Amy Irving and Herman Cornejo in CHERI. Photo by Joan Marcus.
BOTTOM LINE: Exquisite dance, beautifully performed, is not enough to make this an engaging dramatic production.
According to program notes for the play Cheri the novelist Collette advised writers to dispense with plot: “No narration, for heaven’s sake! Just brush strokes and splashes of color, and there is no need for a conclusion...Liberate yourself!”
Lord knows, I’m all for liberation — but the literal interpretation of Collette’s words by director Martha Clarke make this production of Cheri less successful than it might have been. The three-character drama includes Charlotte (played with imperious zest by Amy Irving) as the mother of Cheri (the American Ballet Theatre’s principal dancer, Herman Cornejo). Irving has the only speaking part in the play and it is her narration that gives us the bare bones of the plot: Cheri, her vain 24-year-old son, has been having an affair with her best friend Lea (Allessandra Ferri, formerly a principal dancer with the American Ballet Theatre), a beautiful, independent, and sexually voracious ballerina who is nearly twice his age. Mama is predictably perplexed by this liaison and pushes Cheri to marry a woman who is more age appropriate. He complies. But when World War I demands Cheri’s service, he leaves hearth and home and heads to the front. When he returns, he is a shell-shocked mess, wandering aimlessly in a daze of depression and angst. Cheri then chronicles the resumption of his extra-marital affair with Lea as well as his continued psychological unravelling.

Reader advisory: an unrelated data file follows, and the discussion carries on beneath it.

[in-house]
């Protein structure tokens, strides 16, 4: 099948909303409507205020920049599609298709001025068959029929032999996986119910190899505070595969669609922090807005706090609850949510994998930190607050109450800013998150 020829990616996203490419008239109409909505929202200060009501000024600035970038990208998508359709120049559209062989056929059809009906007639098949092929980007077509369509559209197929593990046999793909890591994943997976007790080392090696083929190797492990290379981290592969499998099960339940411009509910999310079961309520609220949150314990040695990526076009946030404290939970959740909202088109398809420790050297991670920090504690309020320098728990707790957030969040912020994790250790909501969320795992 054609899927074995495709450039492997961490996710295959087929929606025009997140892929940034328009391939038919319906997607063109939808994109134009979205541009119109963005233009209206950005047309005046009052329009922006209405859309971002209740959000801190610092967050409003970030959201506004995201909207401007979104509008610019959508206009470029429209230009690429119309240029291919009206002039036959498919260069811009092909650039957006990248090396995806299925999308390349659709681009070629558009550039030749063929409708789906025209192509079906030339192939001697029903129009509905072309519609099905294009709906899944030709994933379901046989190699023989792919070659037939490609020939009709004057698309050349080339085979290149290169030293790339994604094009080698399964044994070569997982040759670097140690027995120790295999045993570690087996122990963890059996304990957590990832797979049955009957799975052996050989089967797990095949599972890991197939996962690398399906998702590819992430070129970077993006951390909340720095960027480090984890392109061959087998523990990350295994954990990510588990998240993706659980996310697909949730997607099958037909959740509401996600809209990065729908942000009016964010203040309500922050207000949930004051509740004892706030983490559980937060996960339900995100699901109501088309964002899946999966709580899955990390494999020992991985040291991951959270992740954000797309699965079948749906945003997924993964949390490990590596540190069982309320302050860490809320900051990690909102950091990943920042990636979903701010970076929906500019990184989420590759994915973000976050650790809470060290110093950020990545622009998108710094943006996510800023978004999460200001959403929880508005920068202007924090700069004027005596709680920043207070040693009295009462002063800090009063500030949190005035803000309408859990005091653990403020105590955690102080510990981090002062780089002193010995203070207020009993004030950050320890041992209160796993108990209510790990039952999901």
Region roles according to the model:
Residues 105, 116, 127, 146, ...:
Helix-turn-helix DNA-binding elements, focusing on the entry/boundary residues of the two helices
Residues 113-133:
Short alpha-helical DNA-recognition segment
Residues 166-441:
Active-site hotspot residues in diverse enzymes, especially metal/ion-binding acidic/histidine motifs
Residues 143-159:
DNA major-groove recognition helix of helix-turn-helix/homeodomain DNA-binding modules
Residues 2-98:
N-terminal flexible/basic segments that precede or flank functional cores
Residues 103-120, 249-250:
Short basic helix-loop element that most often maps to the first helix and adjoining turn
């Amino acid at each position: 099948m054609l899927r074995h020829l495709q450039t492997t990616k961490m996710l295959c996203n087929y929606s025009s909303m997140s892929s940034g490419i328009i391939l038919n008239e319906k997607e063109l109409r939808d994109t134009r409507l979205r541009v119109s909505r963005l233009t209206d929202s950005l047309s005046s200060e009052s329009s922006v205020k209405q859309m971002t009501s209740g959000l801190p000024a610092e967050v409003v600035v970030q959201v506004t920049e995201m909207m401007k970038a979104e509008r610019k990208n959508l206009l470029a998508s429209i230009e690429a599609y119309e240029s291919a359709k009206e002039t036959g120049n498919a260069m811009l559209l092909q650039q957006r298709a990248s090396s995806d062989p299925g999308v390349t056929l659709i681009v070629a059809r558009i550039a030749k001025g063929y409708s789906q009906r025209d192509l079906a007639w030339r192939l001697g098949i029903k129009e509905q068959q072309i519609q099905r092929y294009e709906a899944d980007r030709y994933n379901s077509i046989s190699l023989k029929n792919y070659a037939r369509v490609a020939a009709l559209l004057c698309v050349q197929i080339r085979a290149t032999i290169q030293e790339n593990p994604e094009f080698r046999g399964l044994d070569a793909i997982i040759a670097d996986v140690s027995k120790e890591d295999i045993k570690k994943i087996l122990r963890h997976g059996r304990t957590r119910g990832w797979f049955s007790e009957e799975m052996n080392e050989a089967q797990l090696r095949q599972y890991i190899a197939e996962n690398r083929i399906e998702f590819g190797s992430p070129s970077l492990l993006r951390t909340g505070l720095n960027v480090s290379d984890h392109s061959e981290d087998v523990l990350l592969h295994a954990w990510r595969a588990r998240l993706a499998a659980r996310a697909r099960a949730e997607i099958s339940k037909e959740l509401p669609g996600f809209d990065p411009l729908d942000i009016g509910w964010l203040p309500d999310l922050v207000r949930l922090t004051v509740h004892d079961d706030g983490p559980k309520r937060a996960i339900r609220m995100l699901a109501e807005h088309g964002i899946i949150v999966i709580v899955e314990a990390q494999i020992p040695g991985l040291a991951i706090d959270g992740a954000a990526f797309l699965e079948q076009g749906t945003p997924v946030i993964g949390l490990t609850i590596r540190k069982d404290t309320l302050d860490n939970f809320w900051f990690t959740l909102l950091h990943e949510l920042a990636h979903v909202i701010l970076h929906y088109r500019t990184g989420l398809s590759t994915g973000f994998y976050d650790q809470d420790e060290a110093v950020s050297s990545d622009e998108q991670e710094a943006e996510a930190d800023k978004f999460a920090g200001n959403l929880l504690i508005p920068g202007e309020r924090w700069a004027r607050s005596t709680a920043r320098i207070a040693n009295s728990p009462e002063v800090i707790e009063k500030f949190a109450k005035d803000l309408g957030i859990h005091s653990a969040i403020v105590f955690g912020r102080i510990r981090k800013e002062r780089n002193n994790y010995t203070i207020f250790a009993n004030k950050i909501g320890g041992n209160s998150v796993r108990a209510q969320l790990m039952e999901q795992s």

The dancing — Lea and Cheri never say a word but attempt to convey their emotions through movement — is lovely. But it gets monotonous, especially since Irving’s narration is sparse and does not go far enough in conveying the intense emotional upheaval that we are supposed to be witnessing. What’s more, Cornejo does not look 24 — he is actually 32 — so the vast age difference between him and Lea is less startling than Collette intended. It’s also unclear what their living arrangements are; since the set never changes it seems as though Lea, Charlotte, Cheri and Cheri’s unseen wife all share one dwelling, which, if true, would have added an element of intrigue that is never addressed.
Ballet aficionados will thoroughly enjoy Cornejo and Ferri’s performances. Unfortunately, those looking for a dramatic rendering of Colette’s risqué 1920 novel, will likely be less jazzed by Clarke’s innovative, but flat, composition.
(Cheri plays at the Irene Diamond Stage, Pershing Square Signature Center, 480 West 42 Street, through December 29, 2013. Performances are Tuesdays at 7:30PM; Wednesdays at 2PM and 7:30PM; Thursdays at 7:30pm; Fridays at 7:30PM; Saturdays at 2PM and 8PM; and Sundays at 2PM. Tickets are $25 each through December 23rd, but the price goes to $75 thereafter. They can be ordered from signaturetheatre.org or by calling 212.244.7529.)